---- — I guess you could say I'm pretty much a purist when it comes to sports, particularly when a ruling is made that changes how the game's played.
When the National Football League decided to tweek its overtime rules to allow both teams a possession if the receiving team kicked a field goal on the opening possession, I didn't like it at all.
Play solid defense and don't allow the field goal. That's how I see it. If they kick one, well, that's the game. Tough breaks.
But I digress, that's a discussion for another day.
Some area softball fans may be aware of what's called "the international rule," but for those who don't know what it is, let me explain.
The ruling was passed in late 2008 for high school softball at a PIAA Board of Directors meeting in a 19-10 vote, and was set to take effect in 2009.
What the rule states is that if two teams are tied after nine innings of play, starting in the top of the 10th inning -- and every half inning thereafter until a final is decided -- whoever records the final out in the previous innings automatically starts as a base runner on second in their teams next at-bat with no outs.
The rule was put into play to eliminate lengthy games.
I've been a sports writer now for almost six years and have covered my fair share of softball games, but I honestly can't ever actually recall seeing "the international rule" come into effect since its inception in high school softball in 2009.
That is until this past Saturday.
I was at the Warrior Run and Mifflinburg showdown, a game which starred two of the area's best pitchers in the Defenders' Taylor Parker and Mifflinburg's Alli Lloyd. To probably no one's surprise, it was a pitcher's duel between the two.
Parker and Lloyd ended the game with 13 strikeouts apiece while Lloyd had a 1-hitter going through 10 innings.
So as the 10th started, I look up from sending a score tweet update and I see that Gabby Shrawder of Warrior Run is already on second base. I quickly glance down at my score book then over to a fellow sports writer sitting next to me to ask what's happening since she just flew out to right field in the last inning.
It finally dawned on me that "the international rule" was in effect.
Some may argue that it's not that big of a deal, it's simply one base runner on and both teams get the advantage. It's just trying to speed the game up. That may be true, but it completely changes how the game gets played.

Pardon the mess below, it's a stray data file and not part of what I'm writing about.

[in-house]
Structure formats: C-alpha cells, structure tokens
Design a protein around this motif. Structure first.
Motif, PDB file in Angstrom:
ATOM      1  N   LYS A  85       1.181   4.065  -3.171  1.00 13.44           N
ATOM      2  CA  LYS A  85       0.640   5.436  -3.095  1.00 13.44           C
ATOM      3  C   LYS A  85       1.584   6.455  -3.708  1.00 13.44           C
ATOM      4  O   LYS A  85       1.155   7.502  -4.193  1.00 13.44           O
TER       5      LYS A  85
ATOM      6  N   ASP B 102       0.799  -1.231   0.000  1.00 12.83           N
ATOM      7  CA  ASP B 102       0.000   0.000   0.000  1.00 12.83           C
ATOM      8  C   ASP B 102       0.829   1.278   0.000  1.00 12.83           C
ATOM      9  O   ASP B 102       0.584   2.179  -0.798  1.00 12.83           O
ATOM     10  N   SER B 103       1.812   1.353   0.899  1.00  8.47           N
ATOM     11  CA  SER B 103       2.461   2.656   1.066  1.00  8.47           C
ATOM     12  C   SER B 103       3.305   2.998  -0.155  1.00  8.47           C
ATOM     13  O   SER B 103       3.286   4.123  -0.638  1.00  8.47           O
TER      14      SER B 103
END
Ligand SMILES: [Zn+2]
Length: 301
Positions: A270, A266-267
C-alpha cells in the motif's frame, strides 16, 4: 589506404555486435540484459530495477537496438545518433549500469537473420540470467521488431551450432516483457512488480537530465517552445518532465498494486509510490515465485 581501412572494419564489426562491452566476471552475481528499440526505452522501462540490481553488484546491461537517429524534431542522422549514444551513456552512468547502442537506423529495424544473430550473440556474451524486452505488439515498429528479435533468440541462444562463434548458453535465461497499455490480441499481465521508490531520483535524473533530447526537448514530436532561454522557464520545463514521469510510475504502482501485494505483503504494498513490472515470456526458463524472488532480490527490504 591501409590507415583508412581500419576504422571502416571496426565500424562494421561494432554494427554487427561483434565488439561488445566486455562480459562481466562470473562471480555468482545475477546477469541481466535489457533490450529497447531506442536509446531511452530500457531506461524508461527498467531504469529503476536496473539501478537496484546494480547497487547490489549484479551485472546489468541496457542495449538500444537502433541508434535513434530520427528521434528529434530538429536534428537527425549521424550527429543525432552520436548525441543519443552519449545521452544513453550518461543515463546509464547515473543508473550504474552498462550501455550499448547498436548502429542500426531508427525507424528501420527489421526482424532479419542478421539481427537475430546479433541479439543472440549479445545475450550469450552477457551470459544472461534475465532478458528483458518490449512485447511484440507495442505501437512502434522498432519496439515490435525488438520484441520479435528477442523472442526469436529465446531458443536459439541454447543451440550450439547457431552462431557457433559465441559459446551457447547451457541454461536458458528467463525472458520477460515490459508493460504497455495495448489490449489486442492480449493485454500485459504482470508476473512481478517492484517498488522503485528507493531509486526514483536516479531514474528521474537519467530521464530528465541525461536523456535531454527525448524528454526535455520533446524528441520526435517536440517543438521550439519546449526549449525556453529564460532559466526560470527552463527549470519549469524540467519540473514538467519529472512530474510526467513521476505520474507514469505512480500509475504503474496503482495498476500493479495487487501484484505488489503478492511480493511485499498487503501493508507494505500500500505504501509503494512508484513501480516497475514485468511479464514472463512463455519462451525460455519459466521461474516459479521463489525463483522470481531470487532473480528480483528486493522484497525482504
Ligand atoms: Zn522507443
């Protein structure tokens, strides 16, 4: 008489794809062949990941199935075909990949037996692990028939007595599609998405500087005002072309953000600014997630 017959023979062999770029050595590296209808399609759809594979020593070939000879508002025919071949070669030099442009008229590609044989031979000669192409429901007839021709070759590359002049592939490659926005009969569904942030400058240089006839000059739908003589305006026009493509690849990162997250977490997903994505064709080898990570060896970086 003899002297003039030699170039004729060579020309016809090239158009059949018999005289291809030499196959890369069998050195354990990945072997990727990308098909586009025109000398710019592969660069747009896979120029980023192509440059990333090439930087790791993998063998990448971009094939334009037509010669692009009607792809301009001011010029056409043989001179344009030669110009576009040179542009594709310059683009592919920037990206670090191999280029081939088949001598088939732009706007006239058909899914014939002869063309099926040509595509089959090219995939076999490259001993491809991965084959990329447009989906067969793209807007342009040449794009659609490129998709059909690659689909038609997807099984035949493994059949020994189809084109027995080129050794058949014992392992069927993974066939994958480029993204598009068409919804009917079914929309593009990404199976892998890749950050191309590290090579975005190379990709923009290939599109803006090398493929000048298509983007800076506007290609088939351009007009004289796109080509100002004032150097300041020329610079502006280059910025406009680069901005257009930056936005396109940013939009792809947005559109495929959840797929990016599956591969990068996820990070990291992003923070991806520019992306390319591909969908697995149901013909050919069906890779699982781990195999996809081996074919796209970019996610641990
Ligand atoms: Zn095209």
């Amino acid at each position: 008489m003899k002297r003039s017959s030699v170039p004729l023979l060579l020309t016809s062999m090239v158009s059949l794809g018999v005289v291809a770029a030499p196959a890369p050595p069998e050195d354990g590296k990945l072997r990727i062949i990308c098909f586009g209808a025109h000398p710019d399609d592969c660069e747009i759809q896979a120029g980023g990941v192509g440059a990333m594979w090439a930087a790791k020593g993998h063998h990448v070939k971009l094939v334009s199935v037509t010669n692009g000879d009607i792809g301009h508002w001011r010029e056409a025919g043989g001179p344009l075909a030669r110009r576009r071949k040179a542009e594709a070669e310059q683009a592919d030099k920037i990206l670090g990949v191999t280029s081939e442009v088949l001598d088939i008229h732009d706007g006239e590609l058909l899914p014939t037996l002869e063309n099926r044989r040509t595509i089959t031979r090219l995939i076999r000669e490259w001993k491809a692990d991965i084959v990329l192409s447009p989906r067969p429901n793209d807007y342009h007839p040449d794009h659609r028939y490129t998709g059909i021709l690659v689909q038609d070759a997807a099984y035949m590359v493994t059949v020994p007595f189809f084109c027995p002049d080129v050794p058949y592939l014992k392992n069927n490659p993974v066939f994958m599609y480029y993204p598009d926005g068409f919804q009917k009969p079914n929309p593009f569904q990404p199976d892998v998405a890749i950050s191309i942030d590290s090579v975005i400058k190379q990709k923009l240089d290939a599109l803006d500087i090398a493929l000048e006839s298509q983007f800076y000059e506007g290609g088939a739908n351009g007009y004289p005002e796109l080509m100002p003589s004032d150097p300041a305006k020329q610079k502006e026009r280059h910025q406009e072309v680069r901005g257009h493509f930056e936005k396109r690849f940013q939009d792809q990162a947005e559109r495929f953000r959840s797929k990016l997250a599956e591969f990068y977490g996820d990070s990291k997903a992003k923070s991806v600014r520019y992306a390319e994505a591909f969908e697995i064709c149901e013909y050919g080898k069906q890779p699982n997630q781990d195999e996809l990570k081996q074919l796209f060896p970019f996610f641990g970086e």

"You definitely have to be careful and they're trying to get that runner into third base, so you have to make the right pitches and you have to be even more careful about what you're throwing and what you're doing because there's no room for mistakes -- especially in any inning -- but especially when there's a runner on second base," Mifflinburg's Lloyd said after Saturday's 6-2 loss to Warrior Run in 11 innings.
In said game, Warrior Run's Devin Nicholas flew out to center field to move Shrawder to third base. The next batter up was Parker, one of the Defenders' top hitters. Mifflinburg coach Steve Ross and Lloyd made the decision to intentionally walk Parker with the runner in scoring position.
Up next was Jackie Clemens. Same thing: intentional walk to load the bases.
Without the runner on second to start the inning, Lloyd pitches to Parker and Clemens normally like she had all game previously (the two talented hitters went a combined 1-for-6 prior to the 10th).
"We would have played it normal in that situation," Mifflinburg coach Steve Ross said of the 10th inning. "I said to my pitcher and catcher (Friday) in practice, we're going to practice this because if it comes into a situation where Parker's going to hurt us, we're going to walk her, and that's what we did."
Instead, Lloyd loads the bases and Katy Swartz hits a sacrifice fly into center field to bring Shrawder home.
While the ruling does have it's downside, not everyone necessarily opposes it.
"I like it," Warrior Run coach Garth Watson said. "In a game like this it gets things moving along. We could've been here until 8 o' clock tonight. Alli and Tay both looked good in the circle. Both defenses, they didn't want to bend."
When the ruling first got passed by the way in 2009, coaches in District 1 immediately were up in arms about it and petitioned the PIAA to rescind the ruling.
I'm siding with the coaches from District 1 on this one.
n Jon Gerardi covers high school softball for The Daily Item. Email comments to him at firstname.lastname@example.org. Follow him on Twitter at twitter.com/JonGerardi.